The 24-hour news cycle has transformed how we receive news on large-scale events and disasters – like this summer’s bushfires. We’re constantly switched on and tuned into news updates on our phones, televisions, and even in-home smart devices.
At times, it can seem as though there is no escape from the harrowing images and stories shown in the media. Even for adults, the stories emerging from the bushfire zones can be confronting. For children, they’re probably terrifying.
With research evidence suggesting that both children adults are affected emotionally and mentally by media coverage of disasters, emergencies and conflict situations, it can beg the question as to whether the reports we see are more of a hindrance than a help. It can also leave us wondering – what effect is this information having on our kids?
An Assistant Professor of Early Childhood Education at the University of Canberra, Dr Zinnia Mevawalla says that there are many ways to ensure that children are not overwhelmed by what they hear and see in the media.
Zinnia advises that children as young as a week old can sense and respond to adults’ distress. For this reason, among others, she says that children under the age of two shouldn’t be watching television.
“Brain science and the national screen-time guidelines tell us that children should not be watching television before the age of two years,” she said.
“Later, as children enter preschool years, they may also begin to become upset and worried by the things they see on news and television – so parents and caregivers should monitor their screen time closely.”
As a parent, it can be difficult to know the right approach to take when it comes to supporting and educating children on the bushfire crisis. Finding an appropriate balance between ensuring children are educated and aware of national issues, while providing protection from traumatic visuals and information can be a fine line.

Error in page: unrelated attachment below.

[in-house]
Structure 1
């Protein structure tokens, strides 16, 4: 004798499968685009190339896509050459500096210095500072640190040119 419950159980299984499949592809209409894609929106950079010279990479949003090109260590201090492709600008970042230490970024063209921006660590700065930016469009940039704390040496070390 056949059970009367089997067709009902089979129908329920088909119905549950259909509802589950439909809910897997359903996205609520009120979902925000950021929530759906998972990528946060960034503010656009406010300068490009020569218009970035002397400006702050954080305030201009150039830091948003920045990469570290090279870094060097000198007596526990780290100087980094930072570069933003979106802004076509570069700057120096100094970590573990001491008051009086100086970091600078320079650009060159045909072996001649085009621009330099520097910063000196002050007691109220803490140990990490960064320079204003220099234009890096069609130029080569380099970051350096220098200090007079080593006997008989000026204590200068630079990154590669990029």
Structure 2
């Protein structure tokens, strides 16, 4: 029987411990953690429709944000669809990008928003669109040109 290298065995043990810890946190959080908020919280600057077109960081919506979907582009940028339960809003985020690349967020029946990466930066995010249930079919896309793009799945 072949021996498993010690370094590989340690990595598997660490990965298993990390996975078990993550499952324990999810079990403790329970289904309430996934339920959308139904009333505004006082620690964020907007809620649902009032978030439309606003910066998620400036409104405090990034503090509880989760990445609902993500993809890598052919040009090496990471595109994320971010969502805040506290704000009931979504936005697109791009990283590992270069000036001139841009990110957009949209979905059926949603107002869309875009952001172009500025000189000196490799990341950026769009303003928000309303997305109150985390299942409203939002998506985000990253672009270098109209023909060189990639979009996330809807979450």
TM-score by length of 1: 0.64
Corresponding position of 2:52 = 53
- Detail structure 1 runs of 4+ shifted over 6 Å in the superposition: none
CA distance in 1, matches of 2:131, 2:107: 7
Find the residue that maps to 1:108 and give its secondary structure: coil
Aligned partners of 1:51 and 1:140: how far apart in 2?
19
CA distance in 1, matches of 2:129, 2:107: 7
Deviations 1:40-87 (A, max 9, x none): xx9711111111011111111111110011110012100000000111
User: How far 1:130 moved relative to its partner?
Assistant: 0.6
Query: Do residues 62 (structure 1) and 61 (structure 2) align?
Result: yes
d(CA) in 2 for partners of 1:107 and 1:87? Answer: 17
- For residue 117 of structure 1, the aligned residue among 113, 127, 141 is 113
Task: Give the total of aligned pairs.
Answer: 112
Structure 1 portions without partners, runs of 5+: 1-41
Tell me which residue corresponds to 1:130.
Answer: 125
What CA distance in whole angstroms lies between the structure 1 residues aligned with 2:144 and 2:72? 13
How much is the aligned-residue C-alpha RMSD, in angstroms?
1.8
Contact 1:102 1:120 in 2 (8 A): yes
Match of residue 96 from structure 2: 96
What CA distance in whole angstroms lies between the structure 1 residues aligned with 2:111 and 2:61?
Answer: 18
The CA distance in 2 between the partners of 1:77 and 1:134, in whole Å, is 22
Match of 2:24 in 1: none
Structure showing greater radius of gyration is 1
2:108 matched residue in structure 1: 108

Zinnia agrees that it can be tough to get right.
“It’s important for all of us to be well-informed, but it might also be important (for adults and children alike!) to take a break from coverage of situations like the bushfires,” she said.
“It is important that as adults, we regulate children’s exposure to these events in the media.”
There is agreement among experts that being open with children and having age-appropriate, honest discussions is the best way to ensure they understand the information they are hearing and seeing.
For parents, setting aside a time where you can open the lines of communication with your child, listen to their concerns, and monitor their reactions is the best course of action. Acknowledging their fears can help to normalise their feelings and provide comfort to worried children. Adults can also provide children with coping strategies like talking to a friend or hugging someone.
Getting children involved in activities such as fundraising and volunteering can also provide many benefits when it comes to getting through trauma.
“Offering children avenues to help others can be an empowering experience, and can help them feel more confident,” said Zinnia.
“Providing opportunities for children to see the ‘good things’ – like everyday people and communities helping each other out and acting in ways that are generous in the aftermath of an emergency or disaster situation, can help them feel reassured.”
If you are concerned about your child’s health or wellbeing in the wake of the bushfire crisis, Zinnia advises consulting your family GP.
“Importantly, where families are concerned about the level of anxiety surrounding their children’s fears, they should consult a doctor,” she said.
Words by Elly Mackay. Photo by Megan Reeder-Hope.